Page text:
Global Babies by The Global Fund for Children


The Boychick, along with every other child I’ve heard of who has been introduced to Global Babies, loved this book for its close-up, face-focused photographs of babies and toddlers from all over the world. Babies, in general, are fascinated by other babies, and this gooey-sweet simplistic text’d book fills that desire perfectly. The Boychick and I loved especially that so many of the babies are shown being worn: of the 16 total photographs, 7 are shown in or apparently in carriers (this does include one baby in a cradleboard being help up but not on a person). Each of the photos is labeled with the country the baby is from, and although two are from USA, this includes one white seemingly-middle-class baby, and one Native child (in the aforementioned cradleboard). Not all of the babies are smiling (or indeed, awake), which seems to increase the appeal; the young reader is able to study faces reflecting a variety of emotional and alertness states.

Downside: The text is far less interesting than the photographs, with sometimes just one word per two-picture page; I’m not sure the Boychick ever absorbed the “[all babies] are beautiful, special, and loved” message with it being read so slowly, interspersed with up to several minutes of studying the photos. There is something of a photo-safari feel to the book, though I think this is somewhat mitigated by the lack of depicting less-advantaged children as “pitiful” or “unhappy”, as many such projects do. I must also say that I know nothing of the Global Fund for Children beyond the noble goal printed on the back of the book (“…advancing the dignity of young people around the world.”), and cannot speak to its work, good or otherwise.

Everywhere Babies by Susan Meyers


(Note: Cover pictured is for the hardback edition of the book.)

I love this book almost as much as the Boychick does. There is more text than in many other board books (including all of the ones mentioned here), but the text has a brilliant bounce and simple (but not overly so) rhyming rhythm. The text loosely follows a diverse crowd of babies from birth to the first year, often with several scenes on each page depicting many different races of babies and configurations of families (including an apparently-single mom of twins, multiracial and multigenerational families, and a two-mom family). Although very Western and moderately sub/urban and middle-class, the wealth of diversity shown in what “Every day, everywhere babies” are doing helps make it a delightful read. It’s also a favorite in the attachment parenting community for explicitly showing and mentioning breastfeeding (and I love that the mom shown breastfeeding is a woman of color, fully dressed, passed out in a rocker holding a book) and babywearing.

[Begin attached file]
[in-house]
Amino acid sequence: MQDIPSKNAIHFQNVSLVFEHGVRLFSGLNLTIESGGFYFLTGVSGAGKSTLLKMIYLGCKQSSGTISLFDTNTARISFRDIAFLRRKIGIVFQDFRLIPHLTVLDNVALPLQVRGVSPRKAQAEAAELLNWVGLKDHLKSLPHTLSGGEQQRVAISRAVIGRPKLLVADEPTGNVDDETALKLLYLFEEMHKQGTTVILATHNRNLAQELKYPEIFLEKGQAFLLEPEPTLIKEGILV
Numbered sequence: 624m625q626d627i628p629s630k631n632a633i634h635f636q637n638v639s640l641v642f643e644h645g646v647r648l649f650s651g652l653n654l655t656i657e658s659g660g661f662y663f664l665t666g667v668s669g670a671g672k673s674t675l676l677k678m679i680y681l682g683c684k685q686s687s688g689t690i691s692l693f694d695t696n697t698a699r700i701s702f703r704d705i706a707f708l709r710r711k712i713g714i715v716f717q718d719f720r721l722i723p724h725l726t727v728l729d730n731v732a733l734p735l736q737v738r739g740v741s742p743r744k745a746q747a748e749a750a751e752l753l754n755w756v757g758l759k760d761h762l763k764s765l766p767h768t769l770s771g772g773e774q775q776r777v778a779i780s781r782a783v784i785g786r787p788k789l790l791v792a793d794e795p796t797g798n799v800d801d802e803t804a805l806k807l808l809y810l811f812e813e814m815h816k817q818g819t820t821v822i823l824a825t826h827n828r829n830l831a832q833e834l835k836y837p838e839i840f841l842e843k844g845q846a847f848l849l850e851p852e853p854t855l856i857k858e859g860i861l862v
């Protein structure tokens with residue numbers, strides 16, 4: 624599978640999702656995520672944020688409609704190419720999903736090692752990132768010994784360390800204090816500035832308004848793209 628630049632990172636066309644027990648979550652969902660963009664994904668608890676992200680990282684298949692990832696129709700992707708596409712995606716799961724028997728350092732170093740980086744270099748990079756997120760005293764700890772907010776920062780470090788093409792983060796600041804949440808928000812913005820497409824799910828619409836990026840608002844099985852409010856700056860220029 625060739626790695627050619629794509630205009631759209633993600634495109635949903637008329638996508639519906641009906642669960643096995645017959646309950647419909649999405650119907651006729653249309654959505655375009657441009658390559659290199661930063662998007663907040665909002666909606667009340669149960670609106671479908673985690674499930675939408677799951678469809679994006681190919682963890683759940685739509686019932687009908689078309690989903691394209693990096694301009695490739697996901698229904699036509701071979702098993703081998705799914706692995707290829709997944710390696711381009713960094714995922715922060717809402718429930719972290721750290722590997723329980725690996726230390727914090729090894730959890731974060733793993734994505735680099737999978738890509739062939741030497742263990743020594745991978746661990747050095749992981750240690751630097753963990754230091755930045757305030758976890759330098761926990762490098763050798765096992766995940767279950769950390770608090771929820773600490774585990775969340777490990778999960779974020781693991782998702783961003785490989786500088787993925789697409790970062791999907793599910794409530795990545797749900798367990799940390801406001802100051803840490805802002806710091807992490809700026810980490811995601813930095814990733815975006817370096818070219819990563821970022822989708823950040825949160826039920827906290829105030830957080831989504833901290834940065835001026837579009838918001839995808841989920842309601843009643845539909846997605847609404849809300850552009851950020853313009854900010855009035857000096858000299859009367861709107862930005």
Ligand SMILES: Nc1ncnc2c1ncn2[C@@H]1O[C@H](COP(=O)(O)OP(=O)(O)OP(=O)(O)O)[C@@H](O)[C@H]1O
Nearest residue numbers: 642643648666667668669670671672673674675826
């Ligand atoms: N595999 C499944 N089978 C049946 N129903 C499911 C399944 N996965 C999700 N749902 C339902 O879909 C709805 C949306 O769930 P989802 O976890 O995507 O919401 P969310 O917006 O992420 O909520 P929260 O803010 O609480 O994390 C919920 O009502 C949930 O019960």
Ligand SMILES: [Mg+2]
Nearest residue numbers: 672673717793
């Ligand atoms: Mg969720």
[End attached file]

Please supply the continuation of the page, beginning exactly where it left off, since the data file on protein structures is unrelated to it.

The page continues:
Downside: Along with depictions of breastfeeding and babywearing — though the ring sling appears to be drawn by someone who has never actually worn a baby in one — are abundant depictions of bottles, pacifiers, and strollers, as well as less than ideal carriers, and a baby in a carseat not in a car; I’ve somewhat mellowed on this since first reading Everywhere Babies, but on some level it still bothers me: these things are all ubiquitous in the culture the Boychick is growing up in, and the more he — and everyone else — sees them, the more they become/are reinforced as the cultural defaults. (An astute reader will note, however, that I haven’t let this stop me from enjoying this book with the Boychick, but I do usually change the words to the “babies are fed” page, to skip bottle, spoon, and cereal feeding.) I am also irked that the final scene, which depicts a single baby at hir first birthday party, features an apparently all-white, heteronormative family. It doesn’t completely negate the racial diversity of the rest of the book, but it does, once again, ultimately center whiteness, and reinforcing the white family as default. Also note that there are no visibly disabled parents or children depicted, and no assistive devices beyond one cane half-hidden behind an old woman seated in a chair.

Summary

I would recommend any or all of these books as additions to a beginner anti-kyriarchy bookshelf; though a handful of books featuring racial and sexual diversity read to pre-literate and mostly pre-memory children are not going to subvert the dominant paradigm or counteract a culture of hate all by themselves, they’re not a bad way to start. Buy any of these or other titles online at Powells.com or Amazon.com and support your friendly neighbourhood blogger; or find or order them at a local independent bookseller.

Have you read any of these with your child, and what did you or s/he think? What are your favorite pro-diversity, anti-kyriarchy board books?

The Boychick’s Bookshelf: The Paper Bag Princess

Welcome to The Boychick’s Bookshelf! In this series, I review children’s books of interest to those who want to raise children free from and opposed to kyriarchy. These reviews will focus on books which showcase stories and lives beyond the dominant culture of white straight middle-class families, or which contain explicitly anti-kyriarchy messages (anti-racism, anti-ableism, anti-sexism, anti-heterosexism, anti-cissexism, anti-violence, anti-colonialization, and so on).

The Paper Bag Princess

The Story